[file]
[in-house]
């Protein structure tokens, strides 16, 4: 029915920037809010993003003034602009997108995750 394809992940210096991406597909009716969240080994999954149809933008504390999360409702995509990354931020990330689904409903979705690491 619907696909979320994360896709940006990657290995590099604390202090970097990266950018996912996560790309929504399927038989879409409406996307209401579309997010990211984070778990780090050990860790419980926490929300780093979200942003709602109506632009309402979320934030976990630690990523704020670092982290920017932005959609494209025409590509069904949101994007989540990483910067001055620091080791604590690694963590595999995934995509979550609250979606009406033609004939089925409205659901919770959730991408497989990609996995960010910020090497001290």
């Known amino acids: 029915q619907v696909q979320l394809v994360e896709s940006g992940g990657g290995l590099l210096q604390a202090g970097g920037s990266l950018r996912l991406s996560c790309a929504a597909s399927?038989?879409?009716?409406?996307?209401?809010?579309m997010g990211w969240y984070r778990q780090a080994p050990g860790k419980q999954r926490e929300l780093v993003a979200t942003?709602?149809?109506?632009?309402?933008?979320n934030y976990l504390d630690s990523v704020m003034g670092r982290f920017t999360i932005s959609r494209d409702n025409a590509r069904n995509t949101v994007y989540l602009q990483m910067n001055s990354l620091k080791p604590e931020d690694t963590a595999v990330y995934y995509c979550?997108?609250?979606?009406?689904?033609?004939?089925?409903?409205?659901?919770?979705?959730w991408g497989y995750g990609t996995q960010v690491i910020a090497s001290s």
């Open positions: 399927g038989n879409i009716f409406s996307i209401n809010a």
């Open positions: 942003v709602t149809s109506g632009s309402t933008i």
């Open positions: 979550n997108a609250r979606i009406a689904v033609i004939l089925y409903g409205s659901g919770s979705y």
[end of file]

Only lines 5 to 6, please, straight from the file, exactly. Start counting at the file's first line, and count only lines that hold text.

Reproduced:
């Open positions: 942003v709602t149809s109506g632009s309402t933008i």
């Open positions: 979550n997108a609250r979606i009406a689904v033609i004939l089925y409903g409205s659901g919770s979705y």